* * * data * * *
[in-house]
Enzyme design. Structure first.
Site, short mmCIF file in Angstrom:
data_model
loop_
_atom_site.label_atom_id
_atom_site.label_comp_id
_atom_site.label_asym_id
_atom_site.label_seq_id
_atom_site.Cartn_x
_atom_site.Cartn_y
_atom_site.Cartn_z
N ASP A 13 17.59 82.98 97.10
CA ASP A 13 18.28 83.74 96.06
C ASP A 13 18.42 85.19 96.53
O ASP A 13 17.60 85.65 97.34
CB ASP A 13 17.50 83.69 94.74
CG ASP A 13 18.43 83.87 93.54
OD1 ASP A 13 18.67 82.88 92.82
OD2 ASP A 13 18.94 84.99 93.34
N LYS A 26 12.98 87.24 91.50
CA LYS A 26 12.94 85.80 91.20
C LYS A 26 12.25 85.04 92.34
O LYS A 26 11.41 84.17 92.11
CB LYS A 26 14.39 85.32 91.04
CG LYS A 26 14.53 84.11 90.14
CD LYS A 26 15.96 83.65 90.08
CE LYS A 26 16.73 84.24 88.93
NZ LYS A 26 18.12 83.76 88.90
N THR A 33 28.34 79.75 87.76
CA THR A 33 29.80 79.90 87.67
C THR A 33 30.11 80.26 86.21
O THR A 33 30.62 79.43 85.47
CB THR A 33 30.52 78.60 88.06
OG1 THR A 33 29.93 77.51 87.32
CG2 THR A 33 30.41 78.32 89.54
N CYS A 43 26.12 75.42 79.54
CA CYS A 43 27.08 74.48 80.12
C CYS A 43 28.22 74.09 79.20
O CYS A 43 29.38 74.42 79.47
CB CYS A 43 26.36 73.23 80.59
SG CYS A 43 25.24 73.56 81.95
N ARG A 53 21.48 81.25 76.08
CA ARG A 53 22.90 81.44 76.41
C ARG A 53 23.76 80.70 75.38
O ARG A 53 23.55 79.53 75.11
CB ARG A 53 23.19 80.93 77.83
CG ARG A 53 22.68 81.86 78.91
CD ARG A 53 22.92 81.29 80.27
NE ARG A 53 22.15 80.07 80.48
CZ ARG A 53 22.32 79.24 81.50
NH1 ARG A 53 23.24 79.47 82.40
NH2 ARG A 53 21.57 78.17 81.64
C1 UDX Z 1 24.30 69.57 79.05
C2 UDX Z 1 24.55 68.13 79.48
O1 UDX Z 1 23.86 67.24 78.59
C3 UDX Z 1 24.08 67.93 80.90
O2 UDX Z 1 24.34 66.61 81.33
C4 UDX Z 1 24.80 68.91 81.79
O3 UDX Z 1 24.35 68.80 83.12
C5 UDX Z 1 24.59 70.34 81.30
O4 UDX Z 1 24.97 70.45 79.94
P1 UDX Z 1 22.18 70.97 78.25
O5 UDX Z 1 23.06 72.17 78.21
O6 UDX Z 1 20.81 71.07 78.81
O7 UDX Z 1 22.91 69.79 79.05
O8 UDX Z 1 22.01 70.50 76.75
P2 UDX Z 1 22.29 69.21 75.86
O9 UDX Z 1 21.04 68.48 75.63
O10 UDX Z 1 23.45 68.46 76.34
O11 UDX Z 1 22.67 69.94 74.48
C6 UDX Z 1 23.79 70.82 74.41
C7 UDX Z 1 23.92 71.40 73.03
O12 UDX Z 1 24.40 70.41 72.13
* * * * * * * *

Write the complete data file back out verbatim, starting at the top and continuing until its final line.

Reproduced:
[in-house]
Enzyme design. Structure first.
Site, short mmCIF file in Angstrom:
data_model
loop_
_atom_site.label_atom_id
_atom_site.label_comp_id
_atom_site.label_asym_id
_atom_site.label_seq_id
_atom_site.Cartn_x
_atom_site.Cartn_y
_atom_site.Cartn_z
N ASP A 13 17.59 82.98 97.10
CA ASP A 13 18.28 83.74 96.06
C ASP A 13 18.42 85.19 96.53
O ASP A 13 17.60 85.65 97.34
CB ASP A 13 17.50 83.69 94.74
CG ASP A 13 18.43 83.87 93.54
OD1 ASP A 13 18.67 82.88 92.82
OD2 ASP A 13 18.94 84.99 93.34
N LYS A 26 12.98 87.24 91.50
CA LYS A 26 12.94 85.80 91.20
C LYS A 26 12.25 85.04 92.34
O LYS A 26 11.41 84.17 92.11
CB LYS A 26 14.39 85.32 91.04
CG LYS A 26 14.53 84.11 90.14
CD LYS A 26 15.96 83.65 90.08
CE LYS A 26 16.73 84.24 88.93
NZ LYS A 26 18.12 83.76 88.90
N THR A 33 28.34 79.75 87.76
CA THR A 33 29.80 79.90 87.67
C THR A 33 30.11 80.26 86.21
O THR A 33 30.62 79.43 85.47
CB THR A 33 30.52 78.60 88.06
OG1 THR A 33 29.93 77.51 87.32
CG2 THR A 33 30.41 78.32 89.54
N CYS A 43 26.12 75.42 79.54
CA CYS A 43 27.08 74.48 80.12
C CYS A 43 28.22 74.09 79.20
O CYS A 43 29.38 74.42 79.47
CB CYS A 43 26.36 73.23 80.59
SG CYS A 43 25.24 73.56 81.95
N ARG A 53 21.48 81.25 76.08
CA ARG A 53 22.90 81.44 76.41
C ARG A 53 23.76 80.70 75.38
O ARG A 53 23.55 79.53 75.11
CB ARG A 53 23.19 80.93 77.83
CG ARG A 53 22.68 81.86 78.91
CD ARG A 53 22.92 81.29 80.27
NE ARG A 53 22.15 80.07 80.48
CZ ARG A 53 22.32 79.24 81.50
NH1 ARG A 53 23.24 79.47 82.40
NH2 ARG A 53 21.57 78.17 81.64
C1 UDX Z 1 24.30 69.57 79.05
C2 UDX Z 1 24.55 68.13 79.48
O1 UDX Z 1 23.86 67.24 78.59
C3 UDX Z 1 24.08 67.93 80.90
O2 UDX Z 1 24.34 66.61 81.33
C4 UDX Z 1 24.80 68.91 81.79
O3 UDX Z 1 24.35 68.80 83.12
C5 UDX Z 1 24.59 70.34 81.30
O4 UDX Z 1 24.97 70.45 79.94
P1 UDX Z 1 22.18 70.97 78.25
O5 UDX Z 1 23.06 72.17 78.21
O6 UDX Z 1 20.81 71.07 78.81
O7 UDX Z 1 22.91 69.79 79.05
O8 UDX Z 1 22.01 70.50 76.75
P2 UDX Z 1 22.29 69.21 75.86
O9 UDX Z 1 21.04 68.48 75.63
O10 UDX Z 1 23.45 68.46 76.34
O11 UDX Z 1 22.67 69.94 74.48
C6 UDX Z 1 23.79 70.82 74.41
C7 UDX Z 1 23.92 71.40 73.03
O12 UDX Z 1 24.40 70.41 72.13